Cancellation Introduction: Notes From An Archfiend

Hello. My name is Jeff Mach, and as I write this, we’re about a week past the two-year anniversary of my initial internet mobbing, a sudden, well-coordinated attack which began with a number of anonymous allegations, and has gone from a point of being horrifying and implausible, to surreal and impossible. (If I were the worst person on Earth, I couldn’t have done half the things of which I’m accused; I’d need vast resources and a time machine. I don’t think there’s a James Bond villain with the ability to commit the vast swathe of weird atrocities attached to my name. But all those things are stories for another time.

Having gone through the blistering, healing fires of social callout, “cancellation”, and mass online attack, I am in what I sincerely feel is a very lucky position:

Unlike the vast majority of people in the Internet age, I am no longer afraid that I’ll suddenly be targeted by an angry online mob.

And the reason is that I already have been.

And that’s important, because, like any life-changingly negative experience, part of what empowers online mobbing is simply the fear it inspires. We look at those who get mobbed, and whether or not we like that person, we say, “I’m glad it’s not me.”

That’s a large part of what gives the mob its power: nobody wants to be next.

Cancel Culture, being an irrational and misguided force, often holds self-contradictory beliefs. So, for example, it regularly maintains two guiding principles  which are essentially incompatible: that Cancellation powerful and strong and worth doing; and also, that it’s nowhere near enough. It will hold up anyone who’s been Canceled and say, “Hey, look: this is what happens if you mess with us, so keep your mouth shut and don’t piss us off.” And then it will also say, “Notice that the Canceled person is still alive/has only lost money/is still tweeting/still has a job/isn’t dead; stop claiming that Cancel Culture is hurtful.”

It’s more accurate to say that online mobbing is destructive, dangerous, and (while proponents deny this) has played a role in more than one suicide. It is dangerous.

But also: online mobbing is survivable. It’s not the end of the world. It’s not the end of your life (or at least, it doesn’t have to be).

The destructive power of Cancel Culture matters because in the end, it suffers the same fatal problem of any mobbing: mobs are angry, emotional, scared people attacking things they perceive as threats, not necessarily with good reason (or even any real reason). And throughout history, this has meant that, no matter how well-intentioned the participants in the mob might be, it will, at least sometimes, be weaponized by those who have no-one’s best interests at heart but their own. Or to put it more bluntly: I’d love to believe that 99 people out of 100 are well-intentioned, ‘good’ people who only attack others when they feel it is absolutely necessary.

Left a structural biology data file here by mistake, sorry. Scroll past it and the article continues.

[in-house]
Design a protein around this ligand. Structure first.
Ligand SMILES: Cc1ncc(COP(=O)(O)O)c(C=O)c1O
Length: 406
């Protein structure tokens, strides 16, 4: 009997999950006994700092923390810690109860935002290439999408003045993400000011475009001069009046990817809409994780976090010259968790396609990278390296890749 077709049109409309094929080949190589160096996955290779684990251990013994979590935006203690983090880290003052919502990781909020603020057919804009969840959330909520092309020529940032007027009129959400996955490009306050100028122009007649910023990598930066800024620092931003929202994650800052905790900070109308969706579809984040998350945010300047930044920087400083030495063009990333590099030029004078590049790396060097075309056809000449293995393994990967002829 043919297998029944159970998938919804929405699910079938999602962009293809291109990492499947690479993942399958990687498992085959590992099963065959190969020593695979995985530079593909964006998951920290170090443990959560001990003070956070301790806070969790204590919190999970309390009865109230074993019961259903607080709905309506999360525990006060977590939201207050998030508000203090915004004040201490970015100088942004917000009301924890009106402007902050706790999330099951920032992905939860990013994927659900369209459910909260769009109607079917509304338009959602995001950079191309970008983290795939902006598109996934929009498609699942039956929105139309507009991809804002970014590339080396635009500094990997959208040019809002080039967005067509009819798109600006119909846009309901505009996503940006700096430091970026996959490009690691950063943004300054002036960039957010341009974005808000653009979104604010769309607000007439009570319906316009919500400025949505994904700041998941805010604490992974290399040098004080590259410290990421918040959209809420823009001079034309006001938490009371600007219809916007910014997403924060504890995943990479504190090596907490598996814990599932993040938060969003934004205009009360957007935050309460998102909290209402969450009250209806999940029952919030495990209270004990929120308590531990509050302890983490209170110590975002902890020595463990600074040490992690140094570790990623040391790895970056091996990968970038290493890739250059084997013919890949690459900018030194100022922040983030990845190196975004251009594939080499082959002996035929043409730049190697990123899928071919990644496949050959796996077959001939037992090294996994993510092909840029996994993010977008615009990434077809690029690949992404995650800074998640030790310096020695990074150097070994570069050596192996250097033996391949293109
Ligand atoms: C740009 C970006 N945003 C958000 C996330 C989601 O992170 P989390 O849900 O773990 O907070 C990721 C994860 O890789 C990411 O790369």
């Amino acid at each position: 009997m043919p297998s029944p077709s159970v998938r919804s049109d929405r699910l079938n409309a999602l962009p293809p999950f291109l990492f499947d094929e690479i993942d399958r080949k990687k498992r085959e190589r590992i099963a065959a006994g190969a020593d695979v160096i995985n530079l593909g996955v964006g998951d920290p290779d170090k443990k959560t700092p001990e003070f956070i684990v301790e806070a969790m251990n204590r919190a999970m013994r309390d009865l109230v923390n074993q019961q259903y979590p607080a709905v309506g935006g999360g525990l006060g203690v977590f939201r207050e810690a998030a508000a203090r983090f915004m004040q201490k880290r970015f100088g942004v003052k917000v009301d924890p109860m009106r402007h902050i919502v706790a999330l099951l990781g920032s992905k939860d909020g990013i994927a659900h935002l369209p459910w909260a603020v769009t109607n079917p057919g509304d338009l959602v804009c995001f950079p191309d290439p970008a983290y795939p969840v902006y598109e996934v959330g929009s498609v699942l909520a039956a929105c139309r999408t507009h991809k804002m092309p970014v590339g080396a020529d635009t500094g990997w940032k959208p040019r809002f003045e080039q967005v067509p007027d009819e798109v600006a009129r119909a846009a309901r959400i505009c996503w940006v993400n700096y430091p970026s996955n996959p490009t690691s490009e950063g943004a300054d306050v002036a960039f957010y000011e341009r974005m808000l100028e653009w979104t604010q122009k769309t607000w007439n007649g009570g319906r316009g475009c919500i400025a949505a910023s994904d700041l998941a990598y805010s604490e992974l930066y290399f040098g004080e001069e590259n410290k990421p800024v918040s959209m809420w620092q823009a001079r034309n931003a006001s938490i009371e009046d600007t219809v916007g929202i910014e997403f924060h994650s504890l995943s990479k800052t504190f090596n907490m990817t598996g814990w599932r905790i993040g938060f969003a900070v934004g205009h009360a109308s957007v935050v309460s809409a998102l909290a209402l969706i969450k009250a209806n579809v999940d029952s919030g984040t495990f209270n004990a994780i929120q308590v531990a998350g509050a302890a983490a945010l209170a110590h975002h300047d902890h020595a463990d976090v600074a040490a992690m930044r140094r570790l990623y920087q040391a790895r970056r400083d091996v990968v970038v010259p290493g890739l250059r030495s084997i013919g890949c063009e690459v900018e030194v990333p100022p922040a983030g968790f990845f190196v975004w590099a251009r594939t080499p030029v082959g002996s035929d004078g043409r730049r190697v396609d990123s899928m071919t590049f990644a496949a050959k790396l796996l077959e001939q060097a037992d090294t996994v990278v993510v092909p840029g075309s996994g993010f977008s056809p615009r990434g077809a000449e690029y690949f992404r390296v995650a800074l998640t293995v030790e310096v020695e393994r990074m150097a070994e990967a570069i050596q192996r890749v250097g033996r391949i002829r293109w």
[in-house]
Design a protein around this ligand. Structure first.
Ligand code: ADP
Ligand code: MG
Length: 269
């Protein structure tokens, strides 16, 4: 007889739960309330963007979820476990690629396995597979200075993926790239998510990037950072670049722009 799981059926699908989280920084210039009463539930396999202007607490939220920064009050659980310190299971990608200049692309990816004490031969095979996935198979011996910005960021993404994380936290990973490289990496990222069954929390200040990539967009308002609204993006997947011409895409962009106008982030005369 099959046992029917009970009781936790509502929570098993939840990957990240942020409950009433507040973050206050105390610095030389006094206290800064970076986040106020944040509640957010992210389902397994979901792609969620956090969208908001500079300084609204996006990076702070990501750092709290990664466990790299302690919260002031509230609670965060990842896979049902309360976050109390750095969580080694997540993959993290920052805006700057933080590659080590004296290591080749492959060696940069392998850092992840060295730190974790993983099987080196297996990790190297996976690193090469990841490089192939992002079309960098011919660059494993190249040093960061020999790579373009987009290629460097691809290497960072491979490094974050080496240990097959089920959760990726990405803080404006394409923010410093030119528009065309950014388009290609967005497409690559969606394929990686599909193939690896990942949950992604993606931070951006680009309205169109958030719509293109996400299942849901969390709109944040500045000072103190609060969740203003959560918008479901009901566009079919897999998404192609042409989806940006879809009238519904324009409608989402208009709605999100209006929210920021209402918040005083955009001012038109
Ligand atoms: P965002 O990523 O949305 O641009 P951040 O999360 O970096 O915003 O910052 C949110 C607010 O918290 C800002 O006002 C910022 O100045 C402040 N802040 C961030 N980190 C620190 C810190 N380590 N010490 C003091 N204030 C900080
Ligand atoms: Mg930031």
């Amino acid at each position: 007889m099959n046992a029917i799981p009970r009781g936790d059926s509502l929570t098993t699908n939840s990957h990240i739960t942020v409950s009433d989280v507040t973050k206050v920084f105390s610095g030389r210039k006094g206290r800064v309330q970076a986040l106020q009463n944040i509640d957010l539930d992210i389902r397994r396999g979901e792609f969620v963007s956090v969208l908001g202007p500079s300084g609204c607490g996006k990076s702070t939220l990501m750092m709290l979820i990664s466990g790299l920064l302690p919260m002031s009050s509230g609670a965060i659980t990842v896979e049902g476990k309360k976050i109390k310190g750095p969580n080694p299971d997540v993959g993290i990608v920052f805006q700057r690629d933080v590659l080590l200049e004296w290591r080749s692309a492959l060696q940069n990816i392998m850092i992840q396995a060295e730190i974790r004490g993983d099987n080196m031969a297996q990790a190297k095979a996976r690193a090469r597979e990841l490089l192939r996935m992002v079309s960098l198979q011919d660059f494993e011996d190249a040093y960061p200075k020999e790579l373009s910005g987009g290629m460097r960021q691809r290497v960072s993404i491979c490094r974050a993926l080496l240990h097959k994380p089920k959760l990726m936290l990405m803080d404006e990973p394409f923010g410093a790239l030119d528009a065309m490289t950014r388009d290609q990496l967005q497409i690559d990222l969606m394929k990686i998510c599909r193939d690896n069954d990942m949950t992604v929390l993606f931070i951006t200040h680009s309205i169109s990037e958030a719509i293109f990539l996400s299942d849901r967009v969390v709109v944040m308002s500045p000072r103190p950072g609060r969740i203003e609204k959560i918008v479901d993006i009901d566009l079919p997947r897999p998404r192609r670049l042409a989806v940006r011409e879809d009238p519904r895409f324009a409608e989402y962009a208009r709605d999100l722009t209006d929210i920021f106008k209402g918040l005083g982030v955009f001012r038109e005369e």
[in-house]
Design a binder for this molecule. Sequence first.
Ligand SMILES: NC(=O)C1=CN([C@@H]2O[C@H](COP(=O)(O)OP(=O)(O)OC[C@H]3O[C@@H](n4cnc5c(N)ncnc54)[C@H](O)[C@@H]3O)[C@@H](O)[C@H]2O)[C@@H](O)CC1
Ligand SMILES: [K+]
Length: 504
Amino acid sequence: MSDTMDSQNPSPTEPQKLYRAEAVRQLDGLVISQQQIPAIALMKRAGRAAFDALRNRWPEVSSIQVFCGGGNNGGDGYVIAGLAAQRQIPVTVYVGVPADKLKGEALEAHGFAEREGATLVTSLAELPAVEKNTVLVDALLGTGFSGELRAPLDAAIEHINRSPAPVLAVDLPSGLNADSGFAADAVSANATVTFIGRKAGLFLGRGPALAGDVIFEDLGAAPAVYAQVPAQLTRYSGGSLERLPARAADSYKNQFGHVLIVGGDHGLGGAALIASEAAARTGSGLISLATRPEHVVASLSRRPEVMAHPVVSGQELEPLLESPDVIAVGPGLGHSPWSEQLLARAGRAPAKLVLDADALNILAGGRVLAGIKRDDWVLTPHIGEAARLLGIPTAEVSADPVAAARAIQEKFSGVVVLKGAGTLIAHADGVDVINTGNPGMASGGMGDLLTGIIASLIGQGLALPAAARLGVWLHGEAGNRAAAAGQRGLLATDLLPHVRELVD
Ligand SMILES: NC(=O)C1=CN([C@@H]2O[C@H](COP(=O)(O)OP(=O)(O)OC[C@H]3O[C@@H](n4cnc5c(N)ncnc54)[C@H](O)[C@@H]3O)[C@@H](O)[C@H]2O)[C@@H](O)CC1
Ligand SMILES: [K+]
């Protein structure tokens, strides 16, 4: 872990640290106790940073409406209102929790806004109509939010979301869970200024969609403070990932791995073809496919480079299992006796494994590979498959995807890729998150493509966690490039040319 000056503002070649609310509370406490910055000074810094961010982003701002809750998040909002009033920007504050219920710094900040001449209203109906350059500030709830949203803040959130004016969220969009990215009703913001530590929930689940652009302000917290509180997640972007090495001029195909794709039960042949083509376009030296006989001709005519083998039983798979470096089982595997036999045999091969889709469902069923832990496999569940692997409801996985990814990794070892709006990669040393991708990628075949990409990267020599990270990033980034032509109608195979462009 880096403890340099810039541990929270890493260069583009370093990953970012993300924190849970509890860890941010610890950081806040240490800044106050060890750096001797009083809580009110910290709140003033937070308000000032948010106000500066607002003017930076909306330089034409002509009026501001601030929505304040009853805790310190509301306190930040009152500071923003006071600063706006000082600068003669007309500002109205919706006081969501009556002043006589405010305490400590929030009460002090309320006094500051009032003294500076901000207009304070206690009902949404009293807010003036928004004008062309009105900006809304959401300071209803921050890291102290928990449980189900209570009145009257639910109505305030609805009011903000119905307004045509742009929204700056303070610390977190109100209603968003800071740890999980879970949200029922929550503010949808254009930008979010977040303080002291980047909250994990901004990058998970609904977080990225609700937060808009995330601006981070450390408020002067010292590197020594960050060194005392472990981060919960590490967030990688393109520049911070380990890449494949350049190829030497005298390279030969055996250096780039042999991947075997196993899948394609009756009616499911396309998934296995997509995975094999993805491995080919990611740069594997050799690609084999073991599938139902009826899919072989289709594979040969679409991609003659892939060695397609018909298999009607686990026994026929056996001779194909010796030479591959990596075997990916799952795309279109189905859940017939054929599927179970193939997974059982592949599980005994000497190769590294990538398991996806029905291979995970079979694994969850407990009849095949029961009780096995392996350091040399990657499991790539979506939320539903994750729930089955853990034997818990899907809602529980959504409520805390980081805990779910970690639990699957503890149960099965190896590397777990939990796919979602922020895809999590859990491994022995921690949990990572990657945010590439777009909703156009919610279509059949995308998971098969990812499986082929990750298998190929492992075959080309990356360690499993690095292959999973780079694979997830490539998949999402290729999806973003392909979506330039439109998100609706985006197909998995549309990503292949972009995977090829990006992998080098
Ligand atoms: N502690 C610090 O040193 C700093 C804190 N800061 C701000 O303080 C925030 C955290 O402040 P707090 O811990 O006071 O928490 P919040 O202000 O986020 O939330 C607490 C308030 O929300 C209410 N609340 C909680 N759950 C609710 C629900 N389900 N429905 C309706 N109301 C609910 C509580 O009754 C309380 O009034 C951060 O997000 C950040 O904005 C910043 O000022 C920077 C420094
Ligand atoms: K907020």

That’s probably a rather optimistic estimate; I’d say that, if given an opportunity to hurt someone you dislike, with no real likelihood that they can strike back or even find out who you are, the percentage of people who’d be tempted to use vigilante ‘justice’ for their own ends is probably quite a lot higher. But even if my rather arbitrary guess of “one person in a hundred” is true, online mobs are triggered by, and consist of, several hundred or even thousands of people. Some of those people are going to have their own agendas. That’s not pessimism or cynicism; that’s just math.

This is the comforting lie which lets people participate in Cancel Culture, sincerely believing that they are safe and they’re doing the right thing: “Only bad people need to be afraid; I and mine will be okay.”

This is the dark underbelly of that idea: no matter who you are, somebody thinks you’re a bad person right now. And you probably know this.

And darker still is this ugly point of Cancel Culture: throughout history, people have been part of mobs, not always because they believed, not always because they thought the mob was right, but because they know (rightly) that the mob can and will turn on them if they step out of line.

This blog is, for now, a collection of my thoughts on Cancel Culture. But if you take nothing else away from this writing, I offer you these two things:

  1. Mobs are not tools of justice. Sometimes they are tools of justified outrage, sometimes they accomplish positive change, but the history of mobs is literal centuries of destruction of the undeserving, and takeover by the unkind. They are not “The People”; they are one of the ways The People get hurt.
  2. Internet mobs are worth fearing. But you can survive them, thrive, and be happier for it. I can, I did, and I am.

-Jeff Mach